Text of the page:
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Georgia Sees Surge In Black Voter Turnout


The state of Georgia hasn't backed a Democrat for president in 28 years, but Joe Biden thinks he has a shot, as evidenced by the fact that he'll spend some of the precious remaining hours of the campaign in the state. He visits both Atlanta and Warm Springs today. And one reason he has hope - early voting has been enormous, especially among the state's Black residents, who've been loyal Democratic Party voters over the last few decades. Maya King has been looking into this for Politico. She joins us now.

Welcome to the program.

MAYA KING: Thank you for having me.

CORNISH: Let's start with some context. Overall, how big is early voting in Georgia, and who is turning out when you look at the demographics?

KING: The data from the secretary of state's office shows us that more than 3 million voters have already cast a ballot early, which is about a over 100% increase from that number in 2016. Forty-nine percent of the early vote population that we've seen right now are voters of color and also young voters.

CORNISH: With Black voters, who are we talking about? Are you talking about people on the younger end of the spectrum, older end? What are you seeing?

KING: Honestly, we're talking about voters across the spectrum. There is a significant number of younger Black first-time voters that are waiting in line. But alongside them, of course, are their parents and even their grandparents, who really understand the stakes of this election and see their vote as a survival vote.

CORNISH: The lede of your story is that almost every Black Georgia voter has a story from 2018. Talk about how 2018 has fueled what we're seeing now.

KING: So we know in 2018, when Stacey Abrams launched her gubernatorial bid, she registered a record number of voters for that time - more than 200,000. And it really geared up excitement and engagement among Democrats in the state who were relatively confident that she would be successful.

As the election got closer, a number of voters found that they were mistakenly removed from the rolls, which set them up for a very confusing process of filling out provisional ballots that might not have been counted. At the end of that election, Brian Kemp, who was elected, was also the state's secretary of state, which called into question just how fair this election really was in the way that it was administered. Stacey Abrams lost the race by fewer than 60,000 votes, which is nearly on track with the number of votes that were removed from the rolls.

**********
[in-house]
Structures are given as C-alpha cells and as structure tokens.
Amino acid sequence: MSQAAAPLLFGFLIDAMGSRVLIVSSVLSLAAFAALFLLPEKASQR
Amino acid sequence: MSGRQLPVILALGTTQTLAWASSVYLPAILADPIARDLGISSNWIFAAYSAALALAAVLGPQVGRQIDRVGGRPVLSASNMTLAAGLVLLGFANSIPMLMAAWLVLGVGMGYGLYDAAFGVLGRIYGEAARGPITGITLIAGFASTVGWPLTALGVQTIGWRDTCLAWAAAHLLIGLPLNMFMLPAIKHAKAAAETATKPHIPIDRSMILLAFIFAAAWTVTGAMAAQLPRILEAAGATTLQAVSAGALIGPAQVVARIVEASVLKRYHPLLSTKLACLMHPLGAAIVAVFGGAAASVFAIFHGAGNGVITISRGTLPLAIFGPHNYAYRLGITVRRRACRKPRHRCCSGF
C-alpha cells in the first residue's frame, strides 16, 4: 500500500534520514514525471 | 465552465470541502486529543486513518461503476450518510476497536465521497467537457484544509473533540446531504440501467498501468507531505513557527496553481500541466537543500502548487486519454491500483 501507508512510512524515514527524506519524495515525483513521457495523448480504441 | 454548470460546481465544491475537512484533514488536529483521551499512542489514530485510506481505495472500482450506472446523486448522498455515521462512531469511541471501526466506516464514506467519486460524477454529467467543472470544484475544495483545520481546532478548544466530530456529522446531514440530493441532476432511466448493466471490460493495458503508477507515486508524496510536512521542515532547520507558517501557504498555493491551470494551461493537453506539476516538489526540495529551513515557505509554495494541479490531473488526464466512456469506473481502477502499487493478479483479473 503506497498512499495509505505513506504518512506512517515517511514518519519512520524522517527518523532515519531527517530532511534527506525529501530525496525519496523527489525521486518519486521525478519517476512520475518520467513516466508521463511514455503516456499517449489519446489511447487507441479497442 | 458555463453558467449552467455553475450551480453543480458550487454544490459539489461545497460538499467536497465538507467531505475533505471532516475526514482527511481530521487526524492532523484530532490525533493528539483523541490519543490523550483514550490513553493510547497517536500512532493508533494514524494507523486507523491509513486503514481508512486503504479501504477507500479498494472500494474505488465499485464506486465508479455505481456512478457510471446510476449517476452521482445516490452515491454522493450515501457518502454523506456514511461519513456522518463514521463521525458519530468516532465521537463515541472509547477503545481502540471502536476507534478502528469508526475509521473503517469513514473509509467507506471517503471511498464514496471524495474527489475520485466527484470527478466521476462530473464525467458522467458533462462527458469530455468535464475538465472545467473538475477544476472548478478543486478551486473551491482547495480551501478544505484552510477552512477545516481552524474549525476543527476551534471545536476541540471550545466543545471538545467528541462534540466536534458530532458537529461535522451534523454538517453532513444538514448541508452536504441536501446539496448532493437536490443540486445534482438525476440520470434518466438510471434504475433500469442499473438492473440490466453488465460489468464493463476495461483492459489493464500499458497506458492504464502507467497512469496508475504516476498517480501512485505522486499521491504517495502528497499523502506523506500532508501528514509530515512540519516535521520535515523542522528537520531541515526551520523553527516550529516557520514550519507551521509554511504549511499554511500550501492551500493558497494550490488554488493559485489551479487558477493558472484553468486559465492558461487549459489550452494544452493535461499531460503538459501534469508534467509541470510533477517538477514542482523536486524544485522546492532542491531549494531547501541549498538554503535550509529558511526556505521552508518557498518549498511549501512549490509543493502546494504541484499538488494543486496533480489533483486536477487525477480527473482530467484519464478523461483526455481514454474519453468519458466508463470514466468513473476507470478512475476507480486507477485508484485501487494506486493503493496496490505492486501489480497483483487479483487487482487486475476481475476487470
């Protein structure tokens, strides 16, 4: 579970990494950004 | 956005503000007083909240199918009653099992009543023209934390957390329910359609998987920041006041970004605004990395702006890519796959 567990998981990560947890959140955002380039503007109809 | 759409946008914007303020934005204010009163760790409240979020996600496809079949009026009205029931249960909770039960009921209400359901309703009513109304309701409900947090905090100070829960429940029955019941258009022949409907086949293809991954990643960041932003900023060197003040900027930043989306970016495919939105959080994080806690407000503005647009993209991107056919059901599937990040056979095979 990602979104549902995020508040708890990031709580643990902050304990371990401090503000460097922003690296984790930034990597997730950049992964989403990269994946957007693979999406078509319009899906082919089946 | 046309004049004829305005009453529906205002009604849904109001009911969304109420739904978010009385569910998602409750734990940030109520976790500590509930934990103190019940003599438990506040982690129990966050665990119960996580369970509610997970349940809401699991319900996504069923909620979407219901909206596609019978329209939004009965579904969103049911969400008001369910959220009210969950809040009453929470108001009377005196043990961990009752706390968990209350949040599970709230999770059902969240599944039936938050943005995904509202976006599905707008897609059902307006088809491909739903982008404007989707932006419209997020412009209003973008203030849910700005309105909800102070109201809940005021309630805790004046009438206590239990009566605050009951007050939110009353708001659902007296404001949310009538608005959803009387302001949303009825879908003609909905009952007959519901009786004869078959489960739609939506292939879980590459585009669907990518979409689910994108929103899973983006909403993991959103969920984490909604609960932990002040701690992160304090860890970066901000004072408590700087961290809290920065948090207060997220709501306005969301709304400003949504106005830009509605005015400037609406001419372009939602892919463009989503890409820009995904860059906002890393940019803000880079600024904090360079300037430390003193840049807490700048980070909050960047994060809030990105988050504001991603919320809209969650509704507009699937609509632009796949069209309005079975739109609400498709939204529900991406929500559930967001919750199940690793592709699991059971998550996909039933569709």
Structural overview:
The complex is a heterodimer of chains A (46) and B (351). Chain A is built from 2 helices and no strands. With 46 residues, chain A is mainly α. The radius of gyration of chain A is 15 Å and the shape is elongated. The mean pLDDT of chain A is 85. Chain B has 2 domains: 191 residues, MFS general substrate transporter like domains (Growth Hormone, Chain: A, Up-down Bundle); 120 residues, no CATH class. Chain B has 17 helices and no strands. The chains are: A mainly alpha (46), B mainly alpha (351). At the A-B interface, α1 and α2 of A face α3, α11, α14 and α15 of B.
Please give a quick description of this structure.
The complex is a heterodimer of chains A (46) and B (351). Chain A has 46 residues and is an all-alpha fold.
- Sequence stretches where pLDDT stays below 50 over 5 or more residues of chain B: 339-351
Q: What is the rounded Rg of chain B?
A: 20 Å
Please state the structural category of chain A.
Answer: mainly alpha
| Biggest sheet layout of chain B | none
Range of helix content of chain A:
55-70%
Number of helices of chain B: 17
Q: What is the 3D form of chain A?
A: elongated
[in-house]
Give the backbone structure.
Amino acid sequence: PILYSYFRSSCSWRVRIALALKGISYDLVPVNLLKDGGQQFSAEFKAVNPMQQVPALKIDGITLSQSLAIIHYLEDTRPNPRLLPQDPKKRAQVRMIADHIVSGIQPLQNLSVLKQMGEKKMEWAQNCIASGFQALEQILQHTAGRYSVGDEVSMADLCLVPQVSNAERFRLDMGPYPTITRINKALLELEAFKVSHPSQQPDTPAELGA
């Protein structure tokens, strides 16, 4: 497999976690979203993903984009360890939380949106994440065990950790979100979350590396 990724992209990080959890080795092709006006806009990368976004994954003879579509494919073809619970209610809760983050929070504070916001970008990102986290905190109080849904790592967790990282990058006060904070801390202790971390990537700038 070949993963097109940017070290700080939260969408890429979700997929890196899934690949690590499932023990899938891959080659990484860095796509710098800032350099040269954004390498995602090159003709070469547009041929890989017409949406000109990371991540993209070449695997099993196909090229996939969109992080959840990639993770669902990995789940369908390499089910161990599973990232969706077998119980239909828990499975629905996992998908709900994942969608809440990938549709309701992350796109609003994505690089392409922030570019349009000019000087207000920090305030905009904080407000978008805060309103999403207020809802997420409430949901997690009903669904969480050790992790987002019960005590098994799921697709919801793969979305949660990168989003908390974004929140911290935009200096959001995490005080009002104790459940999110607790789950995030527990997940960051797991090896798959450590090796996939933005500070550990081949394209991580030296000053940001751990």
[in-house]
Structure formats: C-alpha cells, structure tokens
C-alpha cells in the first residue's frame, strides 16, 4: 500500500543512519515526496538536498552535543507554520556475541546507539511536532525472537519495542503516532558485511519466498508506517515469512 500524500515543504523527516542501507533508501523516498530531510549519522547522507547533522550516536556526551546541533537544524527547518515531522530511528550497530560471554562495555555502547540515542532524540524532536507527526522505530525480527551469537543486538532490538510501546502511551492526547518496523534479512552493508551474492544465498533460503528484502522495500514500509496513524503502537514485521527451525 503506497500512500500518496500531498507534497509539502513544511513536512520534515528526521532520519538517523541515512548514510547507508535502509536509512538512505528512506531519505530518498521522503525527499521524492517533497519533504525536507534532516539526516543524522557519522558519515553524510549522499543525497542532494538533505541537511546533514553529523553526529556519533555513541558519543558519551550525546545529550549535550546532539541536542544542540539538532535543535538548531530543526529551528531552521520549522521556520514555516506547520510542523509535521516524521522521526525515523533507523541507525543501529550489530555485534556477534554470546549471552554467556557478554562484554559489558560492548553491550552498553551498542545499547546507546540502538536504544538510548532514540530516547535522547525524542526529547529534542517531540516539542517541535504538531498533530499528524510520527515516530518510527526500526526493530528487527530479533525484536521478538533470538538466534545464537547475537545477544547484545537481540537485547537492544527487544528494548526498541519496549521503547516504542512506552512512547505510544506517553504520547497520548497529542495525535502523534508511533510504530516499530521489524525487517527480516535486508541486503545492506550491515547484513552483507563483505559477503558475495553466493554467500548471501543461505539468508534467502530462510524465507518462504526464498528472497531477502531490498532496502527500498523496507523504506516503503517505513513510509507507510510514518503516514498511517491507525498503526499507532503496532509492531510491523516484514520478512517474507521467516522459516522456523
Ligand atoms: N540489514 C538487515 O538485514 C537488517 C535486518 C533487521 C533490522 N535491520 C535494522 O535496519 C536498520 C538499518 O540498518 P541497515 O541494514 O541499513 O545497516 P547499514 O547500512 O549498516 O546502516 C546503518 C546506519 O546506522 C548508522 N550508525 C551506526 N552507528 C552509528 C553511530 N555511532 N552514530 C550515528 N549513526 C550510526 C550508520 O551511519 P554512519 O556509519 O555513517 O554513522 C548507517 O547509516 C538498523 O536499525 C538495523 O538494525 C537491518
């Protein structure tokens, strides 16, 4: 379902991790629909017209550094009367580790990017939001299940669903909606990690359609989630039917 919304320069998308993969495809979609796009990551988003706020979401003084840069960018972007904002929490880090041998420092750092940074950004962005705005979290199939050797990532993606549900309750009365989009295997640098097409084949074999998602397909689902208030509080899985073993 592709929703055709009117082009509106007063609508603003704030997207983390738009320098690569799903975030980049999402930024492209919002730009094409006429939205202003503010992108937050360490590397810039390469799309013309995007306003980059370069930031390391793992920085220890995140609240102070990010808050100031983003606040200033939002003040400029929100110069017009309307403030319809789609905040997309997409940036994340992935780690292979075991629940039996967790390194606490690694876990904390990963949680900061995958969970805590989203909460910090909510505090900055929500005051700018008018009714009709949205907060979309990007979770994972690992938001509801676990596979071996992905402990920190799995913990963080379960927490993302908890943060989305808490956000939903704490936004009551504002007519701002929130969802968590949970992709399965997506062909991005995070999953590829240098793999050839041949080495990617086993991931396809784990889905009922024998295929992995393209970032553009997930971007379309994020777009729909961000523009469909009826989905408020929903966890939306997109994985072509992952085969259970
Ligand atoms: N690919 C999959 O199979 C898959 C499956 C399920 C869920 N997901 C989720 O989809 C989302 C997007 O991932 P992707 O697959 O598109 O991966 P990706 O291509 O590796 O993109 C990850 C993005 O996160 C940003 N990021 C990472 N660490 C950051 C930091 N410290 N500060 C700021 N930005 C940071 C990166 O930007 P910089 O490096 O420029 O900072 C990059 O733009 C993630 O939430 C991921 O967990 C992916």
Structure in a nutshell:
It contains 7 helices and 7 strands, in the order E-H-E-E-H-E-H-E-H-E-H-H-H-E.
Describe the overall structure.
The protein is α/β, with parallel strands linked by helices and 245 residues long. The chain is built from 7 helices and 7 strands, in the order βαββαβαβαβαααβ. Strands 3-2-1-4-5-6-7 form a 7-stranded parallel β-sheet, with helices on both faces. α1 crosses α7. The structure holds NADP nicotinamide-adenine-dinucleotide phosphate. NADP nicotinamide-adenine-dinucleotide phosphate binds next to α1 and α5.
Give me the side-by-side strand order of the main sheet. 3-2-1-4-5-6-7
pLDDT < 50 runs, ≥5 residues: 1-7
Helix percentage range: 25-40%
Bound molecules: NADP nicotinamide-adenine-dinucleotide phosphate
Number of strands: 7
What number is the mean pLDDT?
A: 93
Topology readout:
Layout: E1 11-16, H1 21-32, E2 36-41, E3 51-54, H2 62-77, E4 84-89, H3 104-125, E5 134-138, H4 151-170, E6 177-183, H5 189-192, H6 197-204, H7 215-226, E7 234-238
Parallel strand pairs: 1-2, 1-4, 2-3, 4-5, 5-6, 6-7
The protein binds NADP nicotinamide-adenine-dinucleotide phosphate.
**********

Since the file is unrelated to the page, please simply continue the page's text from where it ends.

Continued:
And so a number of Georgia voters who were in line at the polls - and especially those who were in line to vote for the first time - have this very distinct memory of seeing that really small margin of votes that Abrams lost by and said, I don't want to see this happen another time, and I definitely don't want to see this happen in an election with Donald Trump and Joe Biden. And it's something that I heard repeatedly on the ground, almost as if Stacey Abrams was a warning for them in making sure that their vote was counted and that it was done so fairly.

CORNISH: It's looking like the Black vote in particular is on track to eclipse the record it set back in 2008 in Georgia. Can you talk about the base of support for President Trump in the state and what it's looking like for Republicans in terms of their turnout? I know there's also an indication that there could be a surge there - right? - especially when you look at absentee ballots.

KING: Yes. Trump's base is really right on track with the base of voters that he has appealed to from the beginning. In certain rural areas of Georgia, there are folks who are going to vote to reelect President Trump, regardless of what he says, though I think one telling detail Democrats have also pointed to to say that maybe even that support is soft is President Trump traveling to Georgia two weeks ago to Macon, which is a city that would normally have gone to Trump relatively easily.

Still, Republicans are pretty confident that Georgia will remain a red state after November. A few lawmakers that I spoke to said you see the enthusiasm and the engagement among voters who are voting early. But one thing that they're quick to point out to me is that their voters are also voting early. So you have enthusiasm really on both sides.

CORNISH: Maya King is a reporter for Politico.

Thank you for sharing your story with us.

KING: Thank you for having me. Transcript provided by NPR, Copyright NPR.